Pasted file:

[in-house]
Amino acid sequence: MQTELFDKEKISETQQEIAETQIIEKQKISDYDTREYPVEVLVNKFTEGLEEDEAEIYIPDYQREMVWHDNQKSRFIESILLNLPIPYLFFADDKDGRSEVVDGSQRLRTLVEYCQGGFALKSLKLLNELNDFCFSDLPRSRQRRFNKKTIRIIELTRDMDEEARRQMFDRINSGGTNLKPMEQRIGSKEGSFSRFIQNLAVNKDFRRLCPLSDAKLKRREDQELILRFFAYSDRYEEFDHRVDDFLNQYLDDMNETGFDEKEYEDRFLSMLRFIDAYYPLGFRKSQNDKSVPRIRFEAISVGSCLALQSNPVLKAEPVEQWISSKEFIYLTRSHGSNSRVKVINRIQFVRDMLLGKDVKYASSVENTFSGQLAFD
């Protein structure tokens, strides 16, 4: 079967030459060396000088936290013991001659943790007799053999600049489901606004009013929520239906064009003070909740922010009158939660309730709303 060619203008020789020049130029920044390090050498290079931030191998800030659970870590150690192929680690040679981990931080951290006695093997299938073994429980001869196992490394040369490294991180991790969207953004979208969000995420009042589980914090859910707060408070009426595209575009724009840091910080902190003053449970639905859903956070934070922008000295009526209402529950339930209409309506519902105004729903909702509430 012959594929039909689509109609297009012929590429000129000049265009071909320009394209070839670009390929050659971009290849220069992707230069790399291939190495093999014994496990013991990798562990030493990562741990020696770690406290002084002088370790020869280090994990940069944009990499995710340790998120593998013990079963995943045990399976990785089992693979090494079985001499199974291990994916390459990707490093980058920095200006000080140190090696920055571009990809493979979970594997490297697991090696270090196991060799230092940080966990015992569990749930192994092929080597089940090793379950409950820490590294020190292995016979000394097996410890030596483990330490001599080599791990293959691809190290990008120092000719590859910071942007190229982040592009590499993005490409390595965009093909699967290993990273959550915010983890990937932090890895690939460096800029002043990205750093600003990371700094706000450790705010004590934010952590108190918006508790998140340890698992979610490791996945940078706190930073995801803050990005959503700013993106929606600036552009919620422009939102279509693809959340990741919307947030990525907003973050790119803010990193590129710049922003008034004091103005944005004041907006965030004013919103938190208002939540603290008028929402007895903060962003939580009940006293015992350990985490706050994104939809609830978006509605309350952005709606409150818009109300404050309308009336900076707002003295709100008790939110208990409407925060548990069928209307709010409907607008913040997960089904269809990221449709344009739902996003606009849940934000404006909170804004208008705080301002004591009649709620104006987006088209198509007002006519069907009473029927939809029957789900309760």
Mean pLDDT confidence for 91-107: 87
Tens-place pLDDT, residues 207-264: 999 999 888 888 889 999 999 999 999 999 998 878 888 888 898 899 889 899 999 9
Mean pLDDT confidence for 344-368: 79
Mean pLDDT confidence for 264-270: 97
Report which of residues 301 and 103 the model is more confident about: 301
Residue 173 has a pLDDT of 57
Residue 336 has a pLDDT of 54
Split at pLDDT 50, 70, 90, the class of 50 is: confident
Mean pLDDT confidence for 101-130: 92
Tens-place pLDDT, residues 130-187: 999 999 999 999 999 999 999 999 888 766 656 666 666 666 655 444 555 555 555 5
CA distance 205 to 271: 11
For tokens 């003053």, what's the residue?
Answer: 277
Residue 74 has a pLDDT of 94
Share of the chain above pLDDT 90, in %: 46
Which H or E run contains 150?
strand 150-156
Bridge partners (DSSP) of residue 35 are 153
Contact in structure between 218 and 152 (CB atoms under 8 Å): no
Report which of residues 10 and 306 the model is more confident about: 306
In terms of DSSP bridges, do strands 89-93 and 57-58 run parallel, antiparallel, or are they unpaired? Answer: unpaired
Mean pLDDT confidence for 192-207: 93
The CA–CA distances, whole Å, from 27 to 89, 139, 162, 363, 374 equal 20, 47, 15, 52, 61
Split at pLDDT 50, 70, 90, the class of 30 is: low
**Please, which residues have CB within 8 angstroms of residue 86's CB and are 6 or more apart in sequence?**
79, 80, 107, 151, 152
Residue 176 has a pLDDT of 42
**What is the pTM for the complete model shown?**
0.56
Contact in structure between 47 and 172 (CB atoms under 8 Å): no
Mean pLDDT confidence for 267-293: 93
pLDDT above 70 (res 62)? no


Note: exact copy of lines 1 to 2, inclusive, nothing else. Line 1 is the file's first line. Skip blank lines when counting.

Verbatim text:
[in-house]
Amino acid sequence: MQTELFDKEKISETQQEIAETQIIEKQKISDYDTREYPVEVLVNKFTEGLEEDEAEIYIPDYQREMVWHDNQKSRFIESILLNLPIPYLFFADDKDGRSEVVDGSQRLRTLVEYCQGGFALKSLKLLNELNDFCFSDLPRSRQRRFNKKTIRIIELTRDMDEEARRQMFDRINSGGTNLKPMEQRIGSKEGSFSRFIQNLAVNKDFRRLCPLSDAKLKRREDQELILRFFAYSDRYEEFDHRVDDFLNQYLDDMNETGFDEKEYEDRFLSMLRFIDAYYPLGFRKSQNDKSVPRIRFEAISVGSCLALQSNPVLKAEPVEQWISSKEFIYLTRSHGSNSRVKVINRIQFVRDMLLGKDVKYASSVENTFSGQLAFD